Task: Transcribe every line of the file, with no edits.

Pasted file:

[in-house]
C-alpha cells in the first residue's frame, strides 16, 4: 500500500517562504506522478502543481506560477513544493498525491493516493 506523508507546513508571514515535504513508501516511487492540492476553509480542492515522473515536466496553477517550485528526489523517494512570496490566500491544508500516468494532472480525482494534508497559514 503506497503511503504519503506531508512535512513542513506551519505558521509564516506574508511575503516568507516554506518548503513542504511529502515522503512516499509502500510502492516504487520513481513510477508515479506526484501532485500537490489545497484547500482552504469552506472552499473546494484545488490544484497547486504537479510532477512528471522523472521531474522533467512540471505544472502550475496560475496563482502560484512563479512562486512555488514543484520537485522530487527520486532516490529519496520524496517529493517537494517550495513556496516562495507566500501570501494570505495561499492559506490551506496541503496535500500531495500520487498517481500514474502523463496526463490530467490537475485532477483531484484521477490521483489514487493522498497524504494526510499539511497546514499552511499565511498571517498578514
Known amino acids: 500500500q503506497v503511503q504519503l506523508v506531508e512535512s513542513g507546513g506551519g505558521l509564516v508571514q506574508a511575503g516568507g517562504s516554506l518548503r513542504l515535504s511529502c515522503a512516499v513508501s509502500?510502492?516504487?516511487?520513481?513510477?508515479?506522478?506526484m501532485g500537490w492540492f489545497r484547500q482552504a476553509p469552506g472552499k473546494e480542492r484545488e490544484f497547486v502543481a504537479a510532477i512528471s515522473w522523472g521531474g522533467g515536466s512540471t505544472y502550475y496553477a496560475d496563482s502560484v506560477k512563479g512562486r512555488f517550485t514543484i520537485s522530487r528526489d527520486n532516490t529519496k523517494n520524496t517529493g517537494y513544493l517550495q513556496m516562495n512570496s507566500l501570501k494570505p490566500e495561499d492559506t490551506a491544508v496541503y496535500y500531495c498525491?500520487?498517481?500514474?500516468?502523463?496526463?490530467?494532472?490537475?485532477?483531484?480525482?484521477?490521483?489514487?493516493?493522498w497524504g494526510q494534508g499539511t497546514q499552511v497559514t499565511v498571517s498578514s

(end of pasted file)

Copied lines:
[in-house]
C-alpha cells in the first residue's frame, strides 16, 4: 500500500517562504506522478502543481506560477513544493498525491493516493 506523508507546513508571514515535504513508501516511487492540492476553509480542492515522473515536466496553477517550485528526489523517494512570496490566500491544508500516468494532472480525482494534508497559514 503506497503511503504519503506531508512535512513542513506551519505558521509564516506574508511575503516568507516554506518548503513542504511529502515522503512516499509502500510502492516504487520513481513510477508515479506526484501532485500537490489545497484547500482552504469552506472552499473546494484545488490544484497547486504537479510532477512528471522523472521531474522533467512540471505544472502550475496560475496563482502560484512563479512562486512555488514543484520537485522530487527520486532516490529519496520524496517529493517537494517550495513556496516562495507566500501570501494570505495561499492559506490551506496541503496535500500531495500520487498517481500514474502523463496526463490530467490537475485532477483531484484521477490521483489514487493522498497524504494526510499539511497546514499552511499565511498571517498578514
Known amino acids: 500500500q503506497v503511503q504519503l506523508v506531508e512535512s513542513g507546513g506551519g505558521l509564516v508571514q506574508a511575503g516568507g517562504s516554506l518548503r513542504l515535504s511529502c515522503a512516499v513508501s509502500?510502492?516504487?516511487?520513481?513510477?508515479?506522478?506526484m501532485g500537490w492540492f489545497r484547500q482552504a476553509p469552506g472552499k473546494e480542492r484545488e490544484f497547486v502543481a504537479a510532477i512528471s515522473w522523472g521531474g522533467g515536466s512540471t505544472y502550475y496553477a496560475d496563482s502560484v506560477k512563479g512562486r512555488f517550485t514543484i520537485s522530487r528526489d527520486n532516490t529519496k523517494n520524496t517529493g517537494y513544493l517550495q513556496m516562495n512570496s507566500l501570501k494570505p490566500e495561499d492559506t490551506a491544508v496541503y496535500y500531495c498525491?500520487?498517481?500514474?500516468?502523463?496526463?490530467?494532472?490537475?485532477?483531484?480525482?484521477?490521483?489514487?493516493?493522498w497524504g494526510q494534508g499539511t497546514q499552511v497559514t499565511v498571517s498578514s